Terrorism polarises politics
07 December 2015 3:00 pm
In France, the far right Front National have made unprecedented gains in the first round of regional French elections. It looks like they will take control of at least two regions for the first time in the New Year. Surfing on the anger and anxiety following the Jihadi attacks in Paris, the far right is leading the polls in six out of 12 new super-regions created in mainland France last year. The party’s leader, Marine Le Pen, polled around 42 per cent in the Lille-Calais-Amiens region of northern France – reducing the ruling Socialist party to a miserable 19 per cent in one of its historic bastions. Her harder-line niece, Marion Maréchal Le Pen, 25, also scored over 40 per cent in the Provence-Côte d’Azur region in the south. Both Le Pens appear to be in an unassailable position before the second round next Sunday and could, from January, govern two of the most important French regions with a combined population of 11 million people. The FN has never governed any French region before.
In the United States, President Barack Obama has given a rare Oval office address outlining his administration’s efforts to combat terrorism.
All over the world, terrorism is polarising politics. We’re seeing it in the French vote. And in the US, the Republicans are calling for tougher action against Islamist extremism while Democrats are demanding stronger gun control. Upping the ante against Obama administration, the Republican presidential candidates have accused it of not taking enough steps to defeat Islamic State. At the same time, US President Barack Obama has vowed for restrictions on the sale of assault weapons.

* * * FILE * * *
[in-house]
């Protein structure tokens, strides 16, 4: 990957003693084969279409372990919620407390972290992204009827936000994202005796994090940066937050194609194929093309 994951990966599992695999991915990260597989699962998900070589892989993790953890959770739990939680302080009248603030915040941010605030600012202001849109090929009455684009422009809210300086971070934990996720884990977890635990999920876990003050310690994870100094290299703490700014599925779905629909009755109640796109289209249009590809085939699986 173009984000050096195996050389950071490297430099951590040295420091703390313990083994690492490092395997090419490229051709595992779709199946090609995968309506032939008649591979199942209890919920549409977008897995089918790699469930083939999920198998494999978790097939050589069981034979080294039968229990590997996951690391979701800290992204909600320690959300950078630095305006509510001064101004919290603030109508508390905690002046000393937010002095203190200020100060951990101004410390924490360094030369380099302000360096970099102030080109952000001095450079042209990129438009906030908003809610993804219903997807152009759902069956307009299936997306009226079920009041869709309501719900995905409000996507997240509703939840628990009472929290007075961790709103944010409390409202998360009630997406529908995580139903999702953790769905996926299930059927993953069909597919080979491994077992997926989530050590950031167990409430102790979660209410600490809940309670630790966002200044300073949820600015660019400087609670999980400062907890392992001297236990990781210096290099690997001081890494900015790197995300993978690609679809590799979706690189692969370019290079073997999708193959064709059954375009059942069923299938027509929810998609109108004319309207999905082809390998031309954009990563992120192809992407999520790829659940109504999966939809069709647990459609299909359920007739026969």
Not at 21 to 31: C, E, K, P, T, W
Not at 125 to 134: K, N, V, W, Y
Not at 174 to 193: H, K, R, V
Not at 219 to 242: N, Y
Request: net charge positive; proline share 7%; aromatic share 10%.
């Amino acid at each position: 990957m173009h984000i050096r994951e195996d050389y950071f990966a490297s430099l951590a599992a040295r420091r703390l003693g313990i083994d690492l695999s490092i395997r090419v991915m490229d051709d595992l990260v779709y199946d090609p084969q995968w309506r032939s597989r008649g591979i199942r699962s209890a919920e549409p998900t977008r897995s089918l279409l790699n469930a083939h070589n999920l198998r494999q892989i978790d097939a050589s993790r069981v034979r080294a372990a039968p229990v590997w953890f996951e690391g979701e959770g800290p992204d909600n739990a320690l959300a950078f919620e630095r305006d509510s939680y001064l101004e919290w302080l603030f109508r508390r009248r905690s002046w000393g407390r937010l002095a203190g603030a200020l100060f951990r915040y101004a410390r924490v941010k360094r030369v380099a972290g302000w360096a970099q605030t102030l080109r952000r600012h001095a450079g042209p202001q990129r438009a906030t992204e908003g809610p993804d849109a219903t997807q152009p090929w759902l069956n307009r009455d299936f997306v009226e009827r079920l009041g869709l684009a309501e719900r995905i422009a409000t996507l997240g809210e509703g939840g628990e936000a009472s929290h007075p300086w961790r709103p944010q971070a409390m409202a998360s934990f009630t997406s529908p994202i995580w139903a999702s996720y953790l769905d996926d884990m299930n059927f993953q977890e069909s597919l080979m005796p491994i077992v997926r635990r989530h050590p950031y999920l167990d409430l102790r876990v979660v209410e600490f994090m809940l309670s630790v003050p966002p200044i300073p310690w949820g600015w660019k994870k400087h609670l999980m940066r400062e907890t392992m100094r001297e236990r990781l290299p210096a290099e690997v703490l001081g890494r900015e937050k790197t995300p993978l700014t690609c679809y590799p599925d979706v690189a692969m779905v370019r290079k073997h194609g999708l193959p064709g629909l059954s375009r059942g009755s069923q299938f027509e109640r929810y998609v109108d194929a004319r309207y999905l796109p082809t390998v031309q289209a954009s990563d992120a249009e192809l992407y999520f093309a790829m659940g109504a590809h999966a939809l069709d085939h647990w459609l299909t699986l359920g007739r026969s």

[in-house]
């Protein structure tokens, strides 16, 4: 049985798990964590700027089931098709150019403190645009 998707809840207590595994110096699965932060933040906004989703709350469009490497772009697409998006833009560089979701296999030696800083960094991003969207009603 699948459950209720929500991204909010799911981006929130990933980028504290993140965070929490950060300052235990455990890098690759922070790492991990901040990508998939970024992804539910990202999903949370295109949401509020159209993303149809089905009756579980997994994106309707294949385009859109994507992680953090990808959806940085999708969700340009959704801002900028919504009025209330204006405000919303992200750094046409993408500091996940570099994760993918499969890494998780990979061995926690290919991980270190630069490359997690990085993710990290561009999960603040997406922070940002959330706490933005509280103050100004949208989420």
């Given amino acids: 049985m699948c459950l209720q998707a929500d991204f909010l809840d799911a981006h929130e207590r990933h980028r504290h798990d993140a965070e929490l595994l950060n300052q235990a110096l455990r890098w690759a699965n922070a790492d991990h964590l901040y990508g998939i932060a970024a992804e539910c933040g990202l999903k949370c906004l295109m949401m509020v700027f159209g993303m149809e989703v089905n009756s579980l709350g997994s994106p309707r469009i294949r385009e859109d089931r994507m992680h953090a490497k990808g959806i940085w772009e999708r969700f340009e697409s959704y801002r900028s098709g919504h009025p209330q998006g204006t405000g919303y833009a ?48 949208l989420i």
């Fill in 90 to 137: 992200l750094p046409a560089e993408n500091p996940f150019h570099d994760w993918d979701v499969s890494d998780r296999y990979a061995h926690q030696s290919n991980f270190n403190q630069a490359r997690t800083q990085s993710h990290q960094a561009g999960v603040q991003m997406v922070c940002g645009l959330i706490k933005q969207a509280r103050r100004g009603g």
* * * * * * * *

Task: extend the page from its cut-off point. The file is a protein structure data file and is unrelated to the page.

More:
What makes it even more alarming is the background of the culprits behind the San Bernardino shootings. In Europe, politicians alarmed by reports of radicalisation among Muslim populations often point to high unemployment, poverty and other social ills alienating Muslims from society. If only young Muslims can be offered more opportunities, they say, then perhaps Islamic extremism will have less appeal.
But Syed Rizwan Farook, and his Pakistani-born wife, Tashfeen Malik were in a sense American success stories. Farook worked as an environmental health specialist for five years, part of San Bernardino County's public health department which was holding the party he attacked. He reportedly made $53,000 from his job, three years after he graduated in 2010 from California State University in San Bernardino after studying environmental health.
He and his wife were ordinary people which should be sending a message to politicians everywhere. There are millions of Muslims scattered around the world. How do political leaders propose to defeat Islamic terrorism without the help of those Muslims? After all, they are better placed than anyone to report radicalisation at their local mosque, in their community or in their own family? Looking overseas, how do politicians plan to defeat the fanatics of the Islamic State without Muslim allies?
All of a sudden, keeping people safe from terrorism has become a lot harder.